The country’s rich agro-ecological diversity, enables farmers to grow a wide variety of crops such as sorghum, millet, maize, cassava, beans, sweet potatoes, bananas, vegetables among others. These crops not only play a crucial role in ensuring food security for the local population and the refugees inclusive, but also contribute significantly to livelihoods.

However, despite the importance of agriculture in the country, there are growing concerns about the sustainability of current farming practices, particularly in relation to soil health. The indiscriminate use of chemical fertilizers and pesticides, coupled with poor land management practices, has led to soil degradation and reduced crop yields in most parts of the country. This raises questions about the long-term viability of agriculture in the country and its ability to support the growing population.

Policies for Promoting Soil Health

In response to these challenges, various policies have been put in place at the national and regional levels to promote sustainable agriculture and improve soil health in the country. The African Union’s Comprehensive Africa Agriculture Development Programme (CAADP) (2003) is one such initiative that emphasizes the importance of sustainable agriculture in ensuring food security and reducing poverty in Africa (see , 2015-2018 & 2023 Reviews and Frameworks). Under CAADP, member countries are required to develop National Agricultural Investment Plans (NAIPs) that prioritize investments in sustainable agriculture practices, including soil conservation and integrated soil fertility management.

Uganda Government has implemented several policies and programs to promote sustainable agriculture and improve soil health. The National Agricultural Policy (NAP) (Ministry of Agriculture, Animal Industry and Fisheries, 2013) and the National Adaptation Plan for Agricultural Sector (Ministry of Agriculture, Animal Industry and Fisheries, 2018) both highlight the importance of sustainable land management practices, including crop rotation, agroforestry, and the use of organic fertilizers. These policies aim to increase agricultural productivity, enhance food security, and promote environmental sustainability in Uganda.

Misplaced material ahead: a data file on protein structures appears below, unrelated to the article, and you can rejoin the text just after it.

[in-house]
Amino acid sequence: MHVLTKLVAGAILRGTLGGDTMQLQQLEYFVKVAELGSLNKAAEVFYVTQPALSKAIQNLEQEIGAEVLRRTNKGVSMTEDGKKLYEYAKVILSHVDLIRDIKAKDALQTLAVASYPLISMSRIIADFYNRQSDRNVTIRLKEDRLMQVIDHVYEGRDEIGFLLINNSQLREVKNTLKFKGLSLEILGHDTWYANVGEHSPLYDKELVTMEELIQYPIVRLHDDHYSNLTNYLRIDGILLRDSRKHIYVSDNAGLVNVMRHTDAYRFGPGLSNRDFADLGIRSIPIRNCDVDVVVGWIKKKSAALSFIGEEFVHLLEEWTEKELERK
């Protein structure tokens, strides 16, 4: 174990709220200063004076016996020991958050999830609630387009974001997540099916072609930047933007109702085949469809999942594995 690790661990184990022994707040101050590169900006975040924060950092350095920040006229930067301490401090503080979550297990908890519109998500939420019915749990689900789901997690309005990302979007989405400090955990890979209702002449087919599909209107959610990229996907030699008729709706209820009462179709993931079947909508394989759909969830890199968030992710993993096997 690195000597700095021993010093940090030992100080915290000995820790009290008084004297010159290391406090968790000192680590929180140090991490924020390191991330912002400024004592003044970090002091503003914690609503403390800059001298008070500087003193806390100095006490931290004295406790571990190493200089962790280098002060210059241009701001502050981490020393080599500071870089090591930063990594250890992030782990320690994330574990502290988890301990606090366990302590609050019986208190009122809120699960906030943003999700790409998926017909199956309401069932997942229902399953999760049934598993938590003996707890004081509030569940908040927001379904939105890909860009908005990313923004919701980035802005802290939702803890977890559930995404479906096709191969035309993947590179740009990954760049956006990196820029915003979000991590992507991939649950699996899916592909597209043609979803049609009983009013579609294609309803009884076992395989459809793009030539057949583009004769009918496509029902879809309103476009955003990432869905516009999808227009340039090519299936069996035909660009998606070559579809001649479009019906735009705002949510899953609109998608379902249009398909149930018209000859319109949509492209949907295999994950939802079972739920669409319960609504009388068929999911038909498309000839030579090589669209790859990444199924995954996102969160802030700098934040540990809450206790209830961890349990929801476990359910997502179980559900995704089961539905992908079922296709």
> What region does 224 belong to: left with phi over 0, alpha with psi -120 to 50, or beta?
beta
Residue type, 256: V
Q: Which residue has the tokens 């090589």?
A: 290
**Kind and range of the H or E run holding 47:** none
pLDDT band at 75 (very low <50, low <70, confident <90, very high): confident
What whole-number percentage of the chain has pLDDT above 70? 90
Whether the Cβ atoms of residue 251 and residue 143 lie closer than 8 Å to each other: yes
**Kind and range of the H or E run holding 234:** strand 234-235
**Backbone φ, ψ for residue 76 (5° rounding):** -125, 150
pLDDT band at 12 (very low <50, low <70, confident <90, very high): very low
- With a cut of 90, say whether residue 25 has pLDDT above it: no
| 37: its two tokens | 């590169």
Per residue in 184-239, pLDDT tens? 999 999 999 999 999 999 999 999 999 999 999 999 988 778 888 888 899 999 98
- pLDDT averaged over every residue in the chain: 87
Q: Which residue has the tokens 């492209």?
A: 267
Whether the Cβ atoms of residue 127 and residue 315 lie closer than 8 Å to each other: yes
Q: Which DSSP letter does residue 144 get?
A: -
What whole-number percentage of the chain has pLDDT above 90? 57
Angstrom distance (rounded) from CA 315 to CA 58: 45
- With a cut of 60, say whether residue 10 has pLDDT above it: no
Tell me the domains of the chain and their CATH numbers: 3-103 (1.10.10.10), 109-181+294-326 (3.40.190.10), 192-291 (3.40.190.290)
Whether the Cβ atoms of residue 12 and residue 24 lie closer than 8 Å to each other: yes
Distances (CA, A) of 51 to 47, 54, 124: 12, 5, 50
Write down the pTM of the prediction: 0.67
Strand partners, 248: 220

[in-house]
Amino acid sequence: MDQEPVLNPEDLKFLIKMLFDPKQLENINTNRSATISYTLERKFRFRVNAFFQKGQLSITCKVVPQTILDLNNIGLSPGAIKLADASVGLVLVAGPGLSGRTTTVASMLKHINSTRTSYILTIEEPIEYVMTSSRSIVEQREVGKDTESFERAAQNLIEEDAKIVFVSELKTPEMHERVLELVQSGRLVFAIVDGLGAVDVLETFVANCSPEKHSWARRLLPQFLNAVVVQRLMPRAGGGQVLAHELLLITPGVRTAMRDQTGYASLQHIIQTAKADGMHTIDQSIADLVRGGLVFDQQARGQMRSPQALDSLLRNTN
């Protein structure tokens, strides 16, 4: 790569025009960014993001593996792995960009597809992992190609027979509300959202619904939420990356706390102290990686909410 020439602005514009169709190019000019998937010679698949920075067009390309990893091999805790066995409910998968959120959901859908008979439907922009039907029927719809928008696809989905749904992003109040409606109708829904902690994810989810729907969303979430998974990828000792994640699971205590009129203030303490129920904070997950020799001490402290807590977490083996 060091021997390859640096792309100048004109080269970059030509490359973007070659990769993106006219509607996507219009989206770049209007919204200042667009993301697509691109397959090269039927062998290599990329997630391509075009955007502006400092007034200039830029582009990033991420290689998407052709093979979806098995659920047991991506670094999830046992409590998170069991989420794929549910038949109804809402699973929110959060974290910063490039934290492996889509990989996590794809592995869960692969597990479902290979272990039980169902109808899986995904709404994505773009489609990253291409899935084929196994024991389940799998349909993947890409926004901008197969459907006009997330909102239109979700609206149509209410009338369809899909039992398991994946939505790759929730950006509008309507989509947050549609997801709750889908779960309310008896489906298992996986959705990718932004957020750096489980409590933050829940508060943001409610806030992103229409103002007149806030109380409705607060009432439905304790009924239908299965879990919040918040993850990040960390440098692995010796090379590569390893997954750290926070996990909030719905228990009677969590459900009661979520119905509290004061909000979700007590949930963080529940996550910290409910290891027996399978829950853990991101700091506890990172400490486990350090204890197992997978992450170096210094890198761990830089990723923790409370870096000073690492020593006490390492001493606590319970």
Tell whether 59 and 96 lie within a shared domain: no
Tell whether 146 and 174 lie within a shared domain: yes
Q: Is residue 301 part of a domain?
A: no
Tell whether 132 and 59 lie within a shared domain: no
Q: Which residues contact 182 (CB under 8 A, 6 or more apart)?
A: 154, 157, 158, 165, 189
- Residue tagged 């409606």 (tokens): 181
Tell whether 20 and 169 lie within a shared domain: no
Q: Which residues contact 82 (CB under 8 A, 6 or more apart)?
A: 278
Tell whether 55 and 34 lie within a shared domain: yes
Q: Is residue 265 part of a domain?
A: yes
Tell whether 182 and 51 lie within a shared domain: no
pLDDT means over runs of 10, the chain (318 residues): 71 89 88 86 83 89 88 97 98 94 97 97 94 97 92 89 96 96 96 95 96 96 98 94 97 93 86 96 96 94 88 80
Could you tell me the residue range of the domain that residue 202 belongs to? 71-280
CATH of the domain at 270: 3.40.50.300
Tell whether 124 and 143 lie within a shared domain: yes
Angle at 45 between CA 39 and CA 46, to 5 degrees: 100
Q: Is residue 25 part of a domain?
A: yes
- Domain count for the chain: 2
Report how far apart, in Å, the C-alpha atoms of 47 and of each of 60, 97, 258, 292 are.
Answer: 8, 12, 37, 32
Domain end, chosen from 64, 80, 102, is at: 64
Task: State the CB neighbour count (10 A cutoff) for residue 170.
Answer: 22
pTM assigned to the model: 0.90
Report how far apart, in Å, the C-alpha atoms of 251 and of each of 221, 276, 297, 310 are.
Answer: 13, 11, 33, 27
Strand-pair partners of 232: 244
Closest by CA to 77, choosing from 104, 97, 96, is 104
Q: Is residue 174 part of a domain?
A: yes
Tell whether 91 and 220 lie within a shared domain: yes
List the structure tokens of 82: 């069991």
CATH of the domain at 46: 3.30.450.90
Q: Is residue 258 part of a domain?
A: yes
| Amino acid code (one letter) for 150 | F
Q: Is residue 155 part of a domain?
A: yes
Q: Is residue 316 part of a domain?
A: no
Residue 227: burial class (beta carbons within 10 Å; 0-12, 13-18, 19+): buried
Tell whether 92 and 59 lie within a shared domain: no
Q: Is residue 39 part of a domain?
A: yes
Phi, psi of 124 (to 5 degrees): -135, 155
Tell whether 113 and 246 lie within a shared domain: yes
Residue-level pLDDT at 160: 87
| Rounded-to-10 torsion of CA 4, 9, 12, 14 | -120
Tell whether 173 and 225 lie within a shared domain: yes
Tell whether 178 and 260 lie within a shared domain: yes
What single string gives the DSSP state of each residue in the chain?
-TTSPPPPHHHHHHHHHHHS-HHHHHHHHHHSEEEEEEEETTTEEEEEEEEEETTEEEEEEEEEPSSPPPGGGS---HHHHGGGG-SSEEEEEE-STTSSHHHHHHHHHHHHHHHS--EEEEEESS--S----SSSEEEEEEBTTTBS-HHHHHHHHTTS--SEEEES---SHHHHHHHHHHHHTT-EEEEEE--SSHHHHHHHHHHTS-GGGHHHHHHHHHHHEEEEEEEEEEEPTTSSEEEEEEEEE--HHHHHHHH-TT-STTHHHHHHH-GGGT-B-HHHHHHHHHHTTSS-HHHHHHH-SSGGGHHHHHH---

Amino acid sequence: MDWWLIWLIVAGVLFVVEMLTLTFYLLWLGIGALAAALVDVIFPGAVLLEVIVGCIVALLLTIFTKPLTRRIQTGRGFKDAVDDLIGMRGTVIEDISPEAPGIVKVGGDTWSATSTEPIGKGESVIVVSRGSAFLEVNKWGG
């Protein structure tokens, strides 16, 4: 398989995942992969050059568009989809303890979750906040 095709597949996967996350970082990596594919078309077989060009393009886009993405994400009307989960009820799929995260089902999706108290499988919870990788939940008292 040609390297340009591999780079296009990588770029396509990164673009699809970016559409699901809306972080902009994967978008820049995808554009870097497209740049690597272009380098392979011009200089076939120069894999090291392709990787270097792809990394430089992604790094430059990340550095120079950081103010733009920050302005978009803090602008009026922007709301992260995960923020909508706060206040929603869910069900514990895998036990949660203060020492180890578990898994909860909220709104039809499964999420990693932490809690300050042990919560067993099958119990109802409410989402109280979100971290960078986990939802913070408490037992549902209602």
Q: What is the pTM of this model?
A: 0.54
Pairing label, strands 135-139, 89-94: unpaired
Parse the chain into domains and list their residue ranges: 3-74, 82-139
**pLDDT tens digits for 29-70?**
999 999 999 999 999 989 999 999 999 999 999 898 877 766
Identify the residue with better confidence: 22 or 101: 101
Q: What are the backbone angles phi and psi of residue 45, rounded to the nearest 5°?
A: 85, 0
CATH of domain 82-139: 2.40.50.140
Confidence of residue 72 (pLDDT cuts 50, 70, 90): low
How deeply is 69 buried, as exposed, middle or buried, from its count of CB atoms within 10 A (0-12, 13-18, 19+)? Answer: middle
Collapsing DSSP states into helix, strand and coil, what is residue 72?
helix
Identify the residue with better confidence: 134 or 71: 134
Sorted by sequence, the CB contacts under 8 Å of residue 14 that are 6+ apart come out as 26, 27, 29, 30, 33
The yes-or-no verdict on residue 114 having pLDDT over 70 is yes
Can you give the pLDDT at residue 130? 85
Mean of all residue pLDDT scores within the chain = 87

The Government has implemented his regional national agricultural policies to address the specific challenges faced by farmers in the districts. These policies include the promotion of indigenous crop varieties, the adoption of conservation agriculture practices, and the establishment of farmer field schools to provide training on sustainable farming techniques. By prioritizing indigenous knowledge and traditional crop management systems, these policies aim to enhance soil health and promote food security across the country.

The Uganda national policies for ensuring sustainable food basket and promotion of friendly agro-ecological farming practices fall within the 2024 Nairobi Declaration on “Africa fertilizer and Soil Health Summit” (African Union 2024). Thus Uganda emerges as an example of “building soil health and regenerating degraded soil critical for sustainable food system transformation” (AU, 2024) in the African Continent. Despite these Government efforts as well as those of the citizens and that of Non-Governmental Organizations (NGOs) on the promotion of indigenous crops and soil health management for sustainable agriculture, there is still a lot that needs to be done.

Challenges and Recommendations

Notwithstanding the positive efforts by the Government in the promotion sustainable agriculture, there are still challenges that need to be addressed. These include limited access to agricultural inputs and extension services, inadequate infrastructure, and the impact of climate change on crop production. To address these challenges, it is essential to increase investments in agricultural research and extension services, improve access to credit for smallholder farmers, and promote traditional and innovative climate-resilient farming practices.

Furthermore, there is a need to strengthen collaboration between different stakeholders, including government agencies, non-governmental organizations, and community-based organizations, to promote integrated solutions for sustainable agriculture in Uganda. By working together and sharing knowledge and resources, it is possible to develop holistic strategies that address the complex challenges faced by farmers in the country.


Promoting indigenous crop management, improving soil health, and enhancing food security are critical elements of sustainable agriculture in Uganda. By implementing policies that prioritize soil conservation, promote traditional crop management systems, and address the specific challenges faced by farmers in the country, it is possible to build a more resilient and sustainable agriculture sector that can support the livelihoods of the local population for generations to come.


African union (2003). The Comprehensive Africa Agriculture Development Program (CAADP): Sustainable Land and Water Management.

African Union (2018). CAADP Biennial Review Report 2018-2018.

African Union (2023). 4th CAADP Biennial Review Report 2015-2023.

African Union (2024). Africa Fertilizer and Soil Health Summit 7th – 9th May 2024 Nairobi, Kenya.

Ministry of Agriculture, Animal Industry and Fisheries (2013). National Agricultural Policy.

Ministry of Agriculture, Animal Industry and Fisheries (2018). National Adaptation Plan for Agricultural Sector.


Draft Paper prepared by

Rodgers Mwansa

Coordinator for Projects, Research, Policy, and Advocacy Programs

Missionaries of Africa – Refugee Project, Uganda


Alfred Avuni

Executive Director

John Paul II Center for Justice and Peace, Kampala


Robert Ubemu

Coordinator for Justice, Peace, Integrity of Creation, Encounter and Dialogue

Missionaries of Africa, Eastern Africa Province